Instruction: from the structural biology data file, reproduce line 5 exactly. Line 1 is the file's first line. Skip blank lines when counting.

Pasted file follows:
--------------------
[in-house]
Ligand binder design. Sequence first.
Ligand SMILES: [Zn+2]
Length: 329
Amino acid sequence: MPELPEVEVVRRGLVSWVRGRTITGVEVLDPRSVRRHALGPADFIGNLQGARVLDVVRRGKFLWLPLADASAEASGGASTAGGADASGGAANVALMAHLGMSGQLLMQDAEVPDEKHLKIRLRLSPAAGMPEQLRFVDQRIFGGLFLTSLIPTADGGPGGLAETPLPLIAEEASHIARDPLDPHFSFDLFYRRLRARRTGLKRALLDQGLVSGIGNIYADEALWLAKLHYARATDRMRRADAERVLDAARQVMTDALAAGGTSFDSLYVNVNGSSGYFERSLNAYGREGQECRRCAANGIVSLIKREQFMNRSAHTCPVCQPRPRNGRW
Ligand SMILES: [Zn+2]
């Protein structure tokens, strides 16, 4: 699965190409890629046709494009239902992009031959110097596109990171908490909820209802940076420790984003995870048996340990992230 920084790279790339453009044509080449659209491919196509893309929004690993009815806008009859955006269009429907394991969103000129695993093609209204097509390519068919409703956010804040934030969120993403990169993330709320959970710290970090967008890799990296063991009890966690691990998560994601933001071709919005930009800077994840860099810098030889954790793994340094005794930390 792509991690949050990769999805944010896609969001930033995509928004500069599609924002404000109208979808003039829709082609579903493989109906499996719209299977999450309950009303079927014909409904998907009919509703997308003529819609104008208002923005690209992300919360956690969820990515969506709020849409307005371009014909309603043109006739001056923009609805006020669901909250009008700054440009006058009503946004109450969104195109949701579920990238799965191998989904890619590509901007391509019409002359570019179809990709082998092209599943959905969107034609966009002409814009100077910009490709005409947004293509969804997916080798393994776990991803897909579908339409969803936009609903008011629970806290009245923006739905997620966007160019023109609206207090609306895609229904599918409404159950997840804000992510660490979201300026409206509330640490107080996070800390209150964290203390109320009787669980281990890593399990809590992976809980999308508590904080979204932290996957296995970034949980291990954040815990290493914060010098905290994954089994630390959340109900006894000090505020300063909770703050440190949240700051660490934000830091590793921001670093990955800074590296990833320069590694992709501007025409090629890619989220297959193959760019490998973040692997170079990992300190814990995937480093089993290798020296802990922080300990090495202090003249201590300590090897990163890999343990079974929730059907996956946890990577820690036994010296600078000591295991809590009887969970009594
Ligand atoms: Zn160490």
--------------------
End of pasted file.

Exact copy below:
Amino acid sequence: MPELPEVEVVRRGLVSWVRGRTITGVEVLDPRSVRRHALGPADFIGNLQGARVLDVVRRGKFLWLPLADASAEASGGASTAGGADASGGAANVALMAHLGMSGQLLMQDAEVPDEKHLKIRLRLSPAAGMPEQLRFVDQRIFGGLFLTSLIPTADGGPGGLAETPLPLIAEEASHIARDPLDPHFSFDLFYRRLRARRTGLKRALLDQGLVSGIGNIYADEALWLAKLHYARATDRMRRADAERVLDAARQVMTDALAAGGTSFDSLYVNVNGSSGYFERSLNAYGREGQECRRCAANGIVSLIKREQFMNRSAHTCPVCQPRPRNGRW